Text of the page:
Socio-demographic, health-related and psychosocial correlates of fear of falling and avoidance of activity in community-living older persons who avoid activity due to fear of falling
1 School for Public Health and Primary Care, Faculty of Health, Medicine and Life Sciences, Maastricht University, The Netherlands
2 Sheffield Institute for Studies on Ageing, University of Sheffield, Sheffield, UK
3 Falls and Balance Research Group, Prince of Wales Medical Research Institute, University of New South Wales, Randwick, Sydney, Australia
4 Department of Experimental-Clinical and Health Psychology, Faculty of Psychology and Educational Sciences, Ghent University, Ghent, Belgium
5 Department of Rehabilitation Sciences and Physiotherapy, Faculty of Medicine and Health Sciences, Ghent University, Ghent, Belgium
BMC Public Health 2009, 9:170 doi:10.1186/1471-2458-9-170Published: 2 June 2009
Fear of falling and avoidance of activity are common in old age and are suggested to be (public) health problems of equal importance to falls. Earlier studies of correlates of fear of falling and avoidance of activity did hardly differentiate between severe and mild levels of fear of falling and avoidance of activity which may be relevant from clinical point of view. Furthermore, most studies focused only on socio-demographics and/or health-related variables and hardly incorporated an extensive range of potential correlates of fear of falling including psychosocial variables. This study analyzes the univariate and multivariate associations between five socio-demographic, seven health-related and six psychosocial variables and levels of fear of falling and avoidance of activity in older persons who avoid activity due to fear of falling.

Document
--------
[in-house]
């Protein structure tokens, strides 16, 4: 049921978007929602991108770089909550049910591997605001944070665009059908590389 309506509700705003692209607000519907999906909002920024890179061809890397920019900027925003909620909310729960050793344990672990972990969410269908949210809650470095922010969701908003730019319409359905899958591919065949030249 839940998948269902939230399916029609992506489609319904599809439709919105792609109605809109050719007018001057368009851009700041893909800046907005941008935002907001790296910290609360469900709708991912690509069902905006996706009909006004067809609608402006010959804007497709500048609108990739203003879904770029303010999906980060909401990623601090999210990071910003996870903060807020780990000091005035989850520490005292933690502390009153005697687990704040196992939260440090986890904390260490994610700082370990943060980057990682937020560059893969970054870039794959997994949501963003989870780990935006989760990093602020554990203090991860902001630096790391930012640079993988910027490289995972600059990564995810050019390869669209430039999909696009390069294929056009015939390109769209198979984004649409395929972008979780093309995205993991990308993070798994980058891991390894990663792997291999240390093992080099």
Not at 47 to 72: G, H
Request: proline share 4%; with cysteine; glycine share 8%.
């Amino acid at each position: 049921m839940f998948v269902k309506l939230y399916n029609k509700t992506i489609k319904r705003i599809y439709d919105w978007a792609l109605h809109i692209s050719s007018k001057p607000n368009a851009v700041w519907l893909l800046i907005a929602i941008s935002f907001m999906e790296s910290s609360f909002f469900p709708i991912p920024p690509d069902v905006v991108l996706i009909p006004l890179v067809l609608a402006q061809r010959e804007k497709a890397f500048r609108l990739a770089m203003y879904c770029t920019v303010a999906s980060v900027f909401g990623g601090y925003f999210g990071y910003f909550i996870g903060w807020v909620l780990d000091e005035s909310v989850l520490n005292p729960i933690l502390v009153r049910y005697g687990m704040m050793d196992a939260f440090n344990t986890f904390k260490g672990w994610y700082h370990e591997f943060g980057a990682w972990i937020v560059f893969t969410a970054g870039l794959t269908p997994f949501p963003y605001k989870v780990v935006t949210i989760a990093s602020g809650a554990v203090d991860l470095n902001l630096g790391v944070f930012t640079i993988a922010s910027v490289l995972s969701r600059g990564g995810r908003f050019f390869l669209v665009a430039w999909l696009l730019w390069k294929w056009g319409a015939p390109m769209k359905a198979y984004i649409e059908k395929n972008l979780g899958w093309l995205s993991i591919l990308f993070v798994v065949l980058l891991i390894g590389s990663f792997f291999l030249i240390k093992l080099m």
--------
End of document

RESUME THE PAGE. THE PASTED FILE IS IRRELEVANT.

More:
Cross-sectional study in 540 community-living older people aged ≥ 70 years with at least mild fear of falling and avoidance of activity. Chi-squares, t-tests and logistics regression analyses were performed to study the associations between the selected correlates and both outcomes.
Old age, female sex, limitations in activity of daily living, impaired vision, poor perceived health, chronic morbidity, falls, low general self-efficacy, low mastery, loneliness, feelings of anxiety and symptoms of depression were identified as univariate correlates of severe fear of falling and avoidance of activity. Female sex, limitations in activity of daily living and one or more falls in the previous six months correlated independently with severe fear of falling. Higher age and limitations in activity of daily living correlated independently with severe avoidance of activity.
Psychosocial variables did not contribute independently to the difference between mild and severe fear of falling and to the difference between mild and severe avoidance of activity due to fear of falling. Although knowledge about the unique associations of specific variables with levels of severe fear of falling and avoidance of activity is of interest for theoretical reasons, knowledge of univariate association may also help to specify the concepts for developing interventions and programmes to reduce fear of falling and avoidance of activity in old age, particularly in their early stages of development.